When will elementary OS Freya be released?

The name of the third stable version of elementary OS, Freya, was proposed in August 2013 by Daniel Foré, the elementary project lead. It will be based on Ubuntu 14.04 LTS (long term support), which was released in April 2014.

About the name

In Norse mythology, Freyja (Old Norse the “Lady”) is a goddess associated with love, sexuality, beauty, fertility, gold, seiðr, war, and death. Freyja is the owner of the necklace Brísingamen, rides a chariot pulled by two cats, owns the boar Hildisvíni, possesses a cloak of falcon feathers, and, by her husband Óðr, is the mother of two daughters, Hnoss and Gersemi. Along with her brother Freyr (Old Norse the “Lord”), her father Njörðr, and her mother (Njörðr’s sister, unnamed in sources), she is a member of the Vanir. Stemming from Old Norse Freyja, modern forms of the name include Freya, Frejya, Freyia, Frøya, Frøjya, Freia, and Freja. Source: Wikipedia

About the release

Everyone is eager to get their hand on Freya, why? …because its promises to be even more awesome than “luna”. A big act to follow you might say but the burning question is still “when will Freya be released?” You will see this question being asked countless times on other websites and forums and the answer is always “When it’s Ready”. So when will that be?

The process in the simplest of terms is as follows…

Currently Freya is under development and striving toward a first beta release and you can track progress here. When this milestone is reached, Freya (beta 1) “unstable” will be released to testers to identify bugs etc.Bug fixes often generate additional bugs and these will be identified in a second beta release.

There are an army of developers working diligently to meet these milestones to bring “Freya” as soon as possible. They are not working to a public deadline date, like other Linux distros, but its guaranteed the goals they set themselves will put them under pressure.

The key for us the end users is to be patient, “luna” is still less than a year old and is still awesome.

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  1. “The key for us the end users is to be patient, “luna” is still less than a year old and is still awesome.”

    While that’s true, there are a few shortcomings. For instance, a lot of software I encounter requires 12.10 or higher. Apparently Canonical committed some changes in 12.10 which where eagerly awaited by developers.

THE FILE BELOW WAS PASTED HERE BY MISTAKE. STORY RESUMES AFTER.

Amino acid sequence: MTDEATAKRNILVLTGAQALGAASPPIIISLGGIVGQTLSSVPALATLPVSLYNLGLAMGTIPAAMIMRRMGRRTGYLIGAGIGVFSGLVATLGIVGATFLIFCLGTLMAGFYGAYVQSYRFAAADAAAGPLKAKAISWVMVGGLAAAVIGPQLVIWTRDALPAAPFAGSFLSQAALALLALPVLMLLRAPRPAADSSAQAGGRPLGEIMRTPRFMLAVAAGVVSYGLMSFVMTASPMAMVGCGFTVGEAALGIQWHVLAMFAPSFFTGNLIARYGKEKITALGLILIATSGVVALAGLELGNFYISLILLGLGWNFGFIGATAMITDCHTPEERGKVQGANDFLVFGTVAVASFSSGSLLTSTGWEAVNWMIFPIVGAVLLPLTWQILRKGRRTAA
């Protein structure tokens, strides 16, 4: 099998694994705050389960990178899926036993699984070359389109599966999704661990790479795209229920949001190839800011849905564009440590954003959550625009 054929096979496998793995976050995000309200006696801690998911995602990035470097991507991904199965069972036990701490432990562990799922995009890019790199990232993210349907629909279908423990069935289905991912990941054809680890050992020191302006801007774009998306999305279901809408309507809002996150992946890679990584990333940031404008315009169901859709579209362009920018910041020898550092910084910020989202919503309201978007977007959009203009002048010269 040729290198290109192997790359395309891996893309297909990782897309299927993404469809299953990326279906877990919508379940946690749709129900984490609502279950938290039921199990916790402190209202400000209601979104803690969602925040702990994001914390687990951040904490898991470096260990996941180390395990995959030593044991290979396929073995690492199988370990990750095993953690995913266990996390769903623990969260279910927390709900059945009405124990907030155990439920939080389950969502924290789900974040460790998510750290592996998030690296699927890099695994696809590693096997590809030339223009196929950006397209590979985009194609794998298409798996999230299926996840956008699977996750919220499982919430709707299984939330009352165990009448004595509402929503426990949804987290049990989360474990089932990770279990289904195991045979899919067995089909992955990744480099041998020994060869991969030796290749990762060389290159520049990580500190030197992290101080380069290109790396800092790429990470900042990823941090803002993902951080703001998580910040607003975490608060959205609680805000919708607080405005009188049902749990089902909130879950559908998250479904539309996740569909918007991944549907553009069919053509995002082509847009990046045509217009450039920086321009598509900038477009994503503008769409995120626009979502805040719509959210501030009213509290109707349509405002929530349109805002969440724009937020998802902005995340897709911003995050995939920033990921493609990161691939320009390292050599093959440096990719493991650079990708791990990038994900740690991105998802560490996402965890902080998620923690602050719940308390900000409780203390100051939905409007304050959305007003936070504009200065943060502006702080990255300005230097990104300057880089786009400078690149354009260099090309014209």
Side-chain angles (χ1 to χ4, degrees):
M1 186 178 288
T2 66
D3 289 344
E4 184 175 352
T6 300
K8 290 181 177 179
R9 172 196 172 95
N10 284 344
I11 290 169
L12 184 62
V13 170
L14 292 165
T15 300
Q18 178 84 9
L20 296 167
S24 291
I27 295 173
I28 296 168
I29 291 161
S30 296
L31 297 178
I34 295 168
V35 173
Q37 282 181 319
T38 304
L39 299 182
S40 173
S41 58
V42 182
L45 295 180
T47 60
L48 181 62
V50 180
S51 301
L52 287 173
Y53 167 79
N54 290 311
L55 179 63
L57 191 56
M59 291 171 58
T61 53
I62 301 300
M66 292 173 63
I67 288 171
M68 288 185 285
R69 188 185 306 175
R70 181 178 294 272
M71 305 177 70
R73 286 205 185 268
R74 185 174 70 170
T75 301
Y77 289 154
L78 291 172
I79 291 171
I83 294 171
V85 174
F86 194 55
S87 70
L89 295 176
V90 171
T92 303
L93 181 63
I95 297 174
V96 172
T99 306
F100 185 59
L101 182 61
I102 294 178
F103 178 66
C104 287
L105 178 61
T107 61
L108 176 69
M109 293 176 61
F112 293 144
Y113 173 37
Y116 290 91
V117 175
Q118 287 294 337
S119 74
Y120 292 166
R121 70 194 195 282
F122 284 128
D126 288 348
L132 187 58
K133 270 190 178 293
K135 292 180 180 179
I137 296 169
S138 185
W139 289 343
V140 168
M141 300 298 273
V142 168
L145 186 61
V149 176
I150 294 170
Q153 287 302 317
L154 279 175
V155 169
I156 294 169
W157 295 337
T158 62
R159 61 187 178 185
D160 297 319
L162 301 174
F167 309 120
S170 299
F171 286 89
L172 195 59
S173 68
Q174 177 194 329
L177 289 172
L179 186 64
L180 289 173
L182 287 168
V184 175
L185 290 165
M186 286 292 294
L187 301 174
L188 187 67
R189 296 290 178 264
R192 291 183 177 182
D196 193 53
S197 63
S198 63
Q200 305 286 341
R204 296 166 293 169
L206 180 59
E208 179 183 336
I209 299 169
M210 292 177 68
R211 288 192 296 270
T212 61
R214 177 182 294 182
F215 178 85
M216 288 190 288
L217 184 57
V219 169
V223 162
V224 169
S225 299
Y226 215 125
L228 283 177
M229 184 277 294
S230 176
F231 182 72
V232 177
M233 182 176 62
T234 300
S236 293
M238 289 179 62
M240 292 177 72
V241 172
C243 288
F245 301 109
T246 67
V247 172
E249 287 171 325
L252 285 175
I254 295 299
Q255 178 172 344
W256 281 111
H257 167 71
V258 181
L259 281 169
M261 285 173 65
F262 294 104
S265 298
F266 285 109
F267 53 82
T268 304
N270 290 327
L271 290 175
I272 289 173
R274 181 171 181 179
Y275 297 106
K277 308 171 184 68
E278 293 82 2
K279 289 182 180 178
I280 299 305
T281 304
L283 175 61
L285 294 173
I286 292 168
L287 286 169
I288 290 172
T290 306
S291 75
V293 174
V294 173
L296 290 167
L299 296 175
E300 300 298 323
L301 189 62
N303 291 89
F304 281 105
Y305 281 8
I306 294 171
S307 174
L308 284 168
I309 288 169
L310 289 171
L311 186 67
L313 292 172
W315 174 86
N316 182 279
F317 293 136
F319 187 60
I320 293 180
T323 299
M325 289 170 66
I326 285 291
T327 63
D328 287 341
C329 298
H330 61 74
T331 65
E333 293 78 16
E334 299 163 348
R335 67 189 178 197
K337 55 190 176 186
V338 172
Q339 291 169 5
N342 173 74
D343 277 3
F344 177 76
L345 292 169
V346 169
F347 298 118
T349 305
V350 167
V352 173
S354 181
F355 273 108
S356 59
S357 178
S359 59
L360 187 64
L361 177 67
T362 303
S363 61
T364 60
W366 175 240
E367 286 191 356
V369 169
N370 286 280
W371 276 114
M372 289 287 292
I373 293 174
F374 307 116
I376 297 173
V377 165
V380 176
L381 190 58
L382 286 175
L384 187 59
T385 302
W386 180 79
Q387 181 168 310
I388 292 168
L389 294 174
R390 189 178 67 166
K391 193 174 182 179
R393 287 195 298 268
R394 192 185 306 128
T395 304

Beta1 is just 27 bugs away (3 New, 7 Confirmed, 17 In Progress) but is gonna be so unstable, they should call it an alpha. The Ubuntu 14.04 base is there, together with an improved wingpanel, switchboard + plugs, headerbars and pantheon photos. So the big changes have already been made (except for all the Noise improvements).

    • Thank your for sharing this. Your last sentence really validates my “be patient” concerning luna.
      I am curious about the “software I encounter requires 12.10 or higher” remark. Can you share some examples along with their source type (PPA,deb or USC etc)?
      This is the type of information our site wants to share with users to avoid any unnecessary complexities when using elementary.

  2. You posted Beta1 is just 27 bugs away. Okay, Thanks for that. A couple of days ago Daniel Foré mentioned all Blueprints implemented and release date is very close.


    Smile on my face about that. But looking at the progress of fixing bugs on launchpad it might takes another 100 or 200 days until all are bugs are fixed.

    • Firstly to clarify, elementarynow did not post: “Beta1 is just 27 bugs away”. Im guessing you are replying to a previous comment.

      Speculation is fun and harmless but I dont think anyone here is close enough to forecast with any degree of accuracy. From experience though and taking luna as a measure I believe it was 8 months from beta to stable. Its possible to speculate that this timeframe will be improved on for Isis (hopefully).

      The original article is there to describe to new comers that there is a process and to be patient despite what they read from other sources.

  3. I am the first to admit that I know nothing about this process, but I just looked over the bug list and I noticed that there are about 300 or so bugs currently being worked on – which brings me to my first question:

    Most of the high/critical bugs appear to be close to completion. How ‘bug free’ would eOS have to be to proceed to Beta? I can’t imagine that they ever get to zero…maybe someone could answer with what a reasonable number would be.

    Secondly, it seems like a significant proportion of these bugs is from Audience (which apparently is the media player). I didn’t count them, but I’d guess 30-40% based on a quick scroll.

    I’ve long suspected the eOS guys kind of bite off more than they can chew when it comes to reinventing the wheel…if the media player is so buggy that it’s proving a major hold up, would it not be worthwhile to just use one of the countless others already available, and devote resources to The Things We Love You For (ie being fast and beautiful), and get the product out the door faster accordingly?

  4. thanks for this explanation and yes let’s be patient

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